Tom Steyer, the Democratic billionaire impeach-Trump activist who not so long ago vowed to keep his own name out of the 2020 running, has changed his mind, tossing his hat and $100 million of his own money into the ring.
Hollywood doesn’t seem impressed. “No Tom, just… no,” tweeted Yvette Nicole Brown.
Granted, it’s early days – early minutes, actually – but the response on social media to Steyer’s decision doesn’t seem encouraging.
“We need to stop the practice of billionaires trying to buy elections,” Cynthia Nixon tweeted. “@TomSteyer, think of all the good your $100 million could do for the environment, rather than trying to muscle your way into an already over-crowded and very promising presidential field.”
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Tweeted Brown, “No Tom, just… no. This does NOT help! Why don’t they get it?! None of these rich dudes seem to get it! We have 20+ candidates! Many are great. Three or four are exemplary. We don’t need you there @TomSteyer! We NEED you helping w/senate wins! C’mon, man! Come ON!”
And then Brown followed up with: “*sigh* I like @TomSteyer, I really do. But this? No, Tom. Just no. *sigh* And I mean ALL the SIGHS that have EVER been sighed! Every. Single. One.”
Steyer’s reversal (he said in January he wouldn’t run) comes just a day after Rep. Eric Swalwell dropped out of the race, and as public sentiment and Hollywood commentary seems to be moving against the crowdedness of the Democratic field.
“Get the f*ck out,” Bill Maher advised candidates a couple weeks ago on HBO’s Real Time With Bill Maher, peeved over MSNBC’s two-night, 20-candidate Democratic debate. Holding up photos of 10 Dems, Maher suggested the self-axing of John Hickenlooper, Michael Bennet, John Delaney, Tim Ryan, Kirsten Gillibrand, Eric Swalwell, Marianne Williamson, Andrew Yang, Beto O’Rourke and Bill de Blasio. (For the latter, Maher broke out in song: “Start spreading the news, you’re leaving today!”)
Early media reaction to Steyer’s decision today seems likely to follow Maher’s lead. A headline on New York Magazine’s website: “Tom Steyer Mulls Wasting Millions on Doomed 2020 Bid.” Washington Post opinion writer Helaine Olen wrote, “It is hard to imagine how anyone at this point could look at the sea of contenders for the Democratic presidential nod and think the party needs one more…But never underestimate the arrogance of billionaires.”
Steyer, a former hedge fund investor, has become a familiar face on cable news with his calls – early and often – for the impeachment of President Donald Trump. In a four-minute video announcing his candidacy, Steyer said, “Americans are deeply disappointed and hurt by the way they’re treated by what they think is the power elite in Washington, D.C. And that goes across party lines and it goes across geography.”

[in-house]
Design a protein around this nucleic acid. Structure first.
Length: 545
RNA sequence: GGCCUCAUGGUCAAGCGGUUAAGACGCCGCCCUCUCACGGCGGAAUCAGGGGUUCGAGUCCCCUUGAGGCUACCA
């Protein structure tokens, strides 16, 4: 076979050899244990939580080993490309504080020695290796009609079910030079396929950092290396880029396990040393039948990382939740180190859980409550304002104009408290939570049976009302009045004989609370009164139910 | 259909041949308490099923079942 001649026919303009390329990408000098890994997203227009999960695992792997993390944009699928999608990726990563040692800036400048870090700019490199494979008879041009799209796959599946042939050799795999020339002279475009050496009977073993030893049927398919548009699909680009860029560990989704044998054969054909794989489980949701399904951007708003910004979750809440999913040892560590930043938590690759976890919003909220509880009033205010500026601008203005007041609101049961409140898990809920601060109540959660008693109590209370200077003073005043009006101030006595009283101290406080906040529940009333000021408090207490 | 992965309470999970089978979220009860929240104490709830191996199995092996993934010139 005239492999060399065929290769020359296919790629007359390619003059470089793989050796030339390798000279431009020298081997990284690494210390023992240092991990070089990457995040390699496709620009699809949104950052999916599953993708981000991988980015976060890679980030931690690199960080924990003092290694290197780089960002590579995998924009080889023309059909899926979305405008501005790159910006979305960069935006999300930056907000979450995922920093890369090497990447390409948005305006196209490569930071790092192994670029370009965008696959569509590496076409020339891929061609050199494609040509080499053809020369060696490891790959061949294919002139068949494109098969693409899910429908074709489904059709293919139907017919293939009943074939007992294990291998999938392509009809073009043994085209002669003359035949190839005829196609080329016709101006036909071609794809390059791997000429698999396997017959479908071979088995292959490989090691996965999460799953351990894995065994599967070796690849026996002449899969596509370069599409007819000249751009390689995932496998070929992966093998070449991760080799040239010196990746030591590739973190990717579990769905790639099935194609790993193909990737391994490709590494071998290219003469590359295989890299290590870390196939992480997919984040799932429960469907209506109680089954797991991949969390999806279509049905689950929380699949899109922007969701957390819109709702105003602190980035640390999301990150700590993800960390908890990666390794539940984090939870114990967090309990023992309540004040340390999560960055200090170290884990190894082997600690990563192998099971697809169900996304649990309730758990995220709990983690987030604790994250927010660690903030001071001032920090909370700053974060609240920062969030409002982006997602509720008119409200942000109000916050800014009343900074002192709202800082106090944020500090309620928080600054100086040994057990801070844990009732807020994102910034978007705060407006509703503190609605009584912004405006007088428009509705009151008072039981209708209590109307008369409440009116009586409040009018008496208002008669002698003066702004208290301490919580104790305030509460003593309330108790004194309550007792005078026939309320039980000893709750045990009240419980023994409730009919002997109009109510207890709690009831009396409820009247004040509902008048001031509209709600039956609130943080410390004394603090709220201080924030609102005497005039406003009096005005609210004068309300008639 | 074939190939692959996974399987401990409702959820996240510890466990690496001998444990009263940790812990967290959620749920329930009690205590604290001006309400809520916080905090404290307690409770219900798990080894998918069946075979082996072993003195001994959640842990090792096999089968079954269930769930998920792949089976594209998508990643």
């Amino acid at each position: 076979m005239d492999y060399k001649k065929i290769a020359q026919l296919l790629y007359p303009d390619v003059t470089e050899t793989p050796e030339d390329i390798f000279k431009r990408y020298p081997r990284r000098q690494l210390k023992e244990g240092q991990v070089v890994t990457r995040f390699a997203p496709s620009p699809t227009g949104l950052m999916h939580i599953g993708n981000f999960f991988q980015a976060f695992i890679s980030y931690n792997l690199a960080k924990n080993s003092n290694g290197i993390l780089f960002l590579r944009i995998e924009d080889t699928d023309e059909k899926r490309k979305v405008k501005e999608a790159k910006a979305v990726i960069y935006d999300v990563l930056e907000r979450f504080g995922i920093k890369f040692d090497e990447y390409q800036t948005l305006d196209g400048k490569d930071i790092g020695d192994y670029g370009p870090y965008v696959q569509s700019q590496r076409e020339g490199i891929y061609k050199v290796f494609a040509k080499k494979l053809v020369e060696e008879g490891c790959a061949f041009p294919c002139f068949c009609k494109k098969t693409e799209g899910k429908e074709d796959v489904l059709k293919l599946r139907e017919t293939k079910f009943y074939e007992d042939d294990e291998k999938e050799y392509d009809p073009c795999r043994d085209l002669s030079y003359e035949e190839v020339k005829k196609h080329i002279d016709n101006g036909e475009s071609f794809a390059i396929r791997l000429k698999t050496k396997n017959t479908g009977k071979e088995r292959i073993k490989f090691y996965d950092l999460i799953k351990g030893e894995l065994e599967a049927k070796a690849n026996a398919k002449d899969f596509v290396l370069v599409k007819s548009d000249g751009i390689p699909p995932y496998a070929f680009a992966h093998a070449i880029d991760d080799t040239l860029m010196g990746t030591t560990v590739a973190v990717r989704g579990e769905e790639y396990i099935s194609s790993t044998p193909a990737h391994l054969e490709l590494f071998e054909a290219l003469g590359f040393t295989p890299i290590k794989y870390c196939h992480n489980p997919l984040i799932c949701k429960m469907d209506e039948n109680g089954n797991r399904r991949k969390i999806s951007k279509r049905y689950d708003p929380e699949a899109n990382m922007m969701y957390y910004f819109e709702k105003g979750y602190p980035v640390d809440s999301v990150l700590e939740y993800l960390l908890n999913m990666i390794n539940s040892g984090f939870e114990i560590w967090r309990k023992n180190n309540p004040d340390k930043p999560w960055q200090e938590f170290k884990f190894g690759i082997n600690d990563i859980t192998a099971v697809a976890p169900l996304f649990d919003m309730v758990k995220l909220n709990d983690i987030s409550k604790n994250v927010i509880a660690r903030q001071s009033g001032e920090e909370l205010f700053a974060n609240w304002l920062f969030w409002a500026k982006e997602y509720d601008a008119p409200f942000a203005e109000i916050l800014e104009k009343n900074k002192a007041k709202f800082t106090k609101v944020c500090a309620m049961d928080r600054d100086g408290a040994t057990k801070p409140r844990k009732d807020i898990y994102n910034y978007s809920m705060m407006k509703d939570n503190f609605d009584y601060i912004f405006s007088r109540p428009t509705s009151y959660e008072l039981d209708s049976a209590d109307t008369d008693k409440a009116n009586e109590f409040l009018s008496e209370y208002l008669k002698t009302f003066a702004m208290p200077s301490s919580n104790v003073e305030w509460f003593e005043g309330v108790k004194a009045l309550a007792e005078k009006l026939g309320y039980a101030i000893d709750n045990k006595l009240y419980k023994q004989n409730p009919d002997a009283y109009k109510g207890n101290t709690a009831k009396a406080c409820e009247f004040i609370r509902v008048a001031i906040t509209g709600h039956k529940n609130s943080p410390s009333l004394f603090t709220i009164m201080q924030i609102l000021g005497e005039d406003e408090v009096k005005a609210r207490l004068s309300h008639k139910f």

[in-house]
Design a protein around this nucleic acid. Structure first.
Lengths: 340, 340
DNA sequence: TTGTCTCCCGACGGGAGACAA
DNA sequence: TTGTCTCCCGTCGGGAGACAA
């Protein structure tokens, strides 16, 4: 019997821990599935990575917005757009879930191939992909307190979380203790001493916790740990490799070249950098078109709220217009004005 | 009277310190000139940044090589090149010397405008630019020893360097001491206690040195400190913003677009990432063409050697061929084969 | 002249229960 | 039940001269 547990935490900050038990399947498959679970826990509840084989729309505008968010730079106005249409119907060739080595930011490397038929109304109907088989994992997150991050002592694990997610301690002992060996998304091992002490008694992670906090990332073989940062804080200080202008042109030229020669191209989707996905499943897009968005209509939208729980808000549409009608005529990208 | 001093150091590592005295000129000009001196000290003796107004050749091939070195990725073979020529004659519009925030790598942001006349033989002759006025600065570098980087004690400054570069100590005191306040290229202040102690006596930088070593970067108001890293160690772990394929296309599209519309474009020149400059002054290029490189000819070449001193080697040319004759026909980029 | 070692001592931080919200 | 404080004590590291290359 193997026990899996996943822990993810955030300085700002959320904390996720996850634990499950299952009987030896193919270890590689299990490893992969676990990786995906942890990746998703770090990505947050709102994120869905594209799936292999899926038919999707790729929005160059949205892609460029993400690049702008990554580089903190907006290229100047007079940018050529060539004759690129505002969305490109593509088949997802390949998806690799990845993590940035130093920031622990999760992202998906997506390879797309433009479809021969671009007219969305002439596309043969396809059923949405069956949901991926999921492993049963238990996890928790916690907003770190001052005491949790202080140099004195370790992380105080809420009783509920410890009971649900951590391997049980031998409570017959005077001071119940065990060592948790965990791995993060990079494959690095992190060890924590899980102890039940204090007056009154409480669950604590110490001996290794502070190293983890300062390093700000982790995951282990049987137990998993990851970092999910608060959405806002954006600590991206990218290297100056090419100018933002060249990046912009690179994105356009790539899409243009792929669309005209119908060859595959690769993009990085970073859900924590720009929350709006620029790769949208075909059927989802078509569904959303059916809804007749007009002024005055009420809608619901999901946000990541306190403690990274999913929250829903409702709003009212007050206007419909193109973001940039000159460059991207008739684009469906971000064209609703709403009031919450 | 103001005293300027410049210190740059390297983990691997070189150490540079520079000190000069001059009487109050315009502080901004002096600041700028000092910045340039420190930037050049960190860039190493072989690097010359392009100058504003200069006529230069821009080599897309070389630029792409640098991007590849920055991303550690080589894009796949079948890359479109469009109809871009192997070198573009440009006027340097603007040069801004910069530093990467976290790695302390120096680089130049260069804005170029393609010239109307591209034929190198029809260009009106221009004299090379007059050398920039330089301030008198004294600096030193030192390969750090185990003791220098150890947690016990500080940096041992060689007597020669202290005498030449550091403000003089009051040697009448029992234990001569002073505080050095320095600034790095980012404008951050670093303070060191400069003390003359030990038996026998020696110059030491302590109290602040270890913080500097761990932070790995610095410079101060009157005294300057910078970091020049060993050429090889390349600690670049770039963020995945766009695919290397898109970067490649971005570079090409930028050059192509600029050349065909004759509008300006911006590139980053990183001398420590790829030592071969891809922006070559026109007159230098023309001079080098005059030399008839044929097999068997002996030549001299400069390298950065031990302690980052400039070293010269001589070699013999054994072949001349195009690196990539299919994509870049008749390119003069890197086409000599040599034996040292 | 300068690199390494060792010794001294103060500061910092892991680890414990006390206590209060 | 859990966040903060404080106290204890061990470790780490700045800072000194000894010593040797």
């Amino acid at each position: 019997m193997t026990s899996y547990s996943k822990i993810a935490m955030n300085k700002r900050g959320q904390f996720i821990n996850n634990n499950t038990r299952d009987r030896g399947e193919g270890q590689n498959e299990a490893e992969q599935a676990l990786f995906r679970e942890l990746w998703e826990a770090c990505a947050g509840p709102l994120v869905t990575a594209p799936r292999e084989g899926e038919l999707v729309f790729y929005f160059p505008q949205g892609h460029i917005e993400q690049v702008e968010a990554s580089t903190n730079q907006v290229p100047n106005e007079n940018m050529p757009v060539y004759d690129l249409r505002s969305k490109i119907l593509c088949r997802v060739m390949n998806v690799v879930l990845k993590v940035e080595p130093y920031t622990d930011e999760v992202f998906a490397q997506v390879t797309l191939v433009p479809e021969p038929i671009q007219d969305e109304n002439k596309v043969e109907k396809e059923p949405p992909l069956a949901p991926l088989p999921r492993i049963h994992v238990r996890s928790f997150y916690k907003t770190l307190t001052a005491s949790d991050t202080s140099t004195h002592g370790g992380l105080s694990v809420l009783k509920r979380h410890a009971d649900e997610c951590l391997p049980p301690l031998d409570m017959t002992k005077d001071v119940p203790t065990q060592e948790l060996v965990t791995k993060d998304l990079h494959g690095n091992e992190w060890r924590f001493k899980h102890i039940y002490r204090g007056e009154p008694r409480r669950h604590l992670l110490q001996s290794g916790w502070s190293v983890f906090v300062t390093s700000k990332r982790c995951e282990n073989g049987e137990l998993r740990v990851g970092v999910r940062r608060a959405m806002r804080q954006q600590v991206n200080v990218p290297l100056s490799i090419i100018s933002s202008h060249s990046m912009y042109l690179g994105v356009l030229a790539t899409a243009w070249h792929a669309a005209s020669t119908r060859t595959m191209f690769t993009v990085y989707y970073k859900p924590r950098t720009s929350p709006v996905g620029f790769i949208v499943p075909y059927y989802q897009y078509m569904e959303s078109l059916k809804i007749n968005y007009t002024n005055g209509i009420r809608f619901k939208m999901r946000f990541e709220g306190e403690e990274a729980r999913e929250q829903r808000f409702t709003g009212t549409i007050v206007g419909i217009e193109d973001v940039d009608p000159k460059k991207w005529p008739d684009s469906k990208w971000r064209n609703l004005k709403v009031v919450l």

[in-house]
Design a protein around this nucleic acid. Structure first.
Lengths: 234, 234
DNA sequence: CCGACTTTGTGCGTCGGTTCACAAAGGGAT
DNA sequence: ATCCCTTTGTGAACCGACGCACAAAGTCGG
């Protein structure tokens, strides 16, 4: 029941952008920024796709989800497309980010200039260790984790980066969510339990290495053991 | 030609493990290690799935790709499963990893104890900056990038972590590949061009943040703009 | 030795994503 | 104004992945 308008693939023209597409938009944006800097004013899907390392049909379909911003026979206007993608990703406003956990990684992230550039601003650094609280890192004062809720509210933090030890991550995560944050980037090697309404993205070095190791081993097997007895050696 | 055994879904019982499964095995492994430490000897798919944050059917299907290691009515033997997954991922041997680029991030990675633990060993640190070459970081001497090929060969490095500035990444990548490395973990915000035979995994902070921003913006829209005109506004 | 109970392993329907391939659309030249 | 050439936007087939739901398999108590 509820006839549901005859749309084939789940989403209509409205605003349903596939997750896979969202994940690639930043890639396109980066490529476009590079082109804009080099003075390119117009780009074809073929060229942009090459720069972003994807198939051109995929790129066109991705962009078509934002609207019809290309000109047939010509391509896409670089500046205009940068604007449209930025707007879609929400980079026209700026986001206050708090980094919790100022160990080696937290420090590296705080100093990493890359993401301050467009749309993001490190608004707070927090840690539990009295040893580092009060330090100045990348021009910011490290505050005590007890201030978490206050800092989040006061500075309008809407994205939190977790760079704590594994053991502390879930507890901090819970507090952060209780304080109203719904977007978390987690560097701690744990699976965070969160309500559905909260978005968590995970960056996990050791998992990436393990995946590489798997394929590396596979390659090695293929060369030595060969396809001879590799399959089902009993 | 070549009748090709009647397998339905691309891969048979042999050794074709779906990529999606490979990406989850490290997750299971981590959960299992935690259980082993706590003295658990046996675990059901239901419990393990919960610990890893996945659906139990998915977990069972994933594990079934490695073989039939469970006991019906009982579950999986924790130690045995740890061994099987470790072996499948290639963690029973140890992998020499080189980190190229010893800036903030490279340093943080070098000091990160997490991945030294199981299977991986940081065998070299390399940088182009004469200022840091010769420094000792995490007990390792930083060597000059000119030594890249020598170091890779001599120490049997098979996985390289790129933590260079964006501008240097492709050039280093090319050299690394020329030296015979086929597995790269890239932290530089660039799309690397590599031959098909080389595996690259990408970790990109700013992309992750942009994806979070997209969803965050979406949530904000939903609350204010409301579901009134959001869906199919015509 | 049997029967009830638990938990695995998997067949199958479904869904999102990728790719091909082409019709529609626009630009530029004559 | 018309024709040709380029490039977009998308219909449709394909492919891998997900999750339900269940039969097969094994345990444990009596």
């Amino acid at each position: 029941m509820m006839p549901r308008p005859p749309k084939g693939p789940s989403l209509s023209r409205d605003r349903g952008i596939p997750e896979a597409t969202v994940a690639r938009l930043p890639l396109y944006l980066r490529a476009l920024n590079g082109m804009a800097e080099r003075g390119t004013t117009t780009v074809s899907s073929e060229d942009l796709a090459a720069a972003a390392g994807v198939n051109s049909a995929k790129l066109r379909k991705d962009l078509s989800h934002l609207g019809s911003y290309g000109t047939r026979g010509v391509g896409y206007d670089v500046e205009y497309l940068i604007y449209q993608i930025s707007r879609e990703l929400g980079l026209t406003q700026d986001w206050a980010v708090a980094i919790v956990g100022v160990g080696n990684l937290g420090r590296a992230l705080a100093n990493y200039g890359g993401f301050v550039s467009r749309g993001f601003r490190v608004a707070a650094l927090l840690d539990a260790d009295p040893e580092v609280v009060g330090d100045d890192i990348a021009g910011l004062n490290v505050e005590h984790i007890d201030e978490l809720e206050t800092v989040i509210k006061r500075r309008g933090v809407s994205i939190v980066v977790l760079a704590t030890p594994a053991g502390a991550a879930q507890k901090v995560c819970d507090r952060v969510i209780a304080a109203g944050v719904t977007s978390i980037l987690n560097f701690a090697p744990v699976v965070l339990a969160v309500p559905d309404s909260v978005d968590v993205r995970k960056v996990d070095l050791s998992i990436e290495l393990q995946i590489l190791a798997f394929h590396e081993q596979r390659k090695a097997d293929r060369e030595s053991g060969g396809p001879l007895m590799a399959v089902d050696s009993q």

The video – watch it below – includes images of Trump, Paul Manafort, Bernie Madoff and Jeffrey Epstein. In addition to condemning Washington corruption, Steyer has endorsed an “economic bill of rights,” higher wages, health care, affordable education and housing and rights to clean air and water, among other progressive stances.
Friend and now rival Bernie Sanders said on MSNBC today, “I have known Tom for a number of years, and I like Tom personally. But I do have to say, as somebody who has received 2 million campaign contributions — averaging, I believe, $19 a person — I am a bit tired of seeing billionaires trying to buy political power. So I like Tom. He is a good guy, he is a friend of mine, but I’m not a great fan of billionaires getting involved in the political process.”
In a series of tweets, Steyer explained his decision: “It’s true. I’m running for president. There’s a breakdown in Washington DC, and I don’t mean just Donald Trump. I’m talking about corporate money and our broken political system. Through the important work of @NextGenAmerica and @Need2Impeach, which I will continue to support, I’ve focused on registering & turning out the #youthvote, and pressuring Congress to hold this president accountable by beginning impeachment proceedings. But it’s not enough. Our country has been corrupted––openly––while politicians put corporate profits over the needs of their constituents, and focus on getting re-elected over doing what’s right. I’ve taken on corporations and WON by going directly to the people. And I know we can do it again. When we come together, we can never be defeated. We can fix our democracy, and make sure it works for ALL Americans. We can elect new leaders at the local, state, and federal level. We can take back the Senate. But we can only do it together. Let’s take our democracy back from corporations and special interests, and give it to the people––the way it was always intended. I’m excited to meet you on the campaign trail soon.”
Within hours of Steyer’s declaration, NBC News reported that the billionaire had reserved about $1 million in TV ads in four primary and caucus states.
Here is Steyer’s video, followed by a sampling of reactions.
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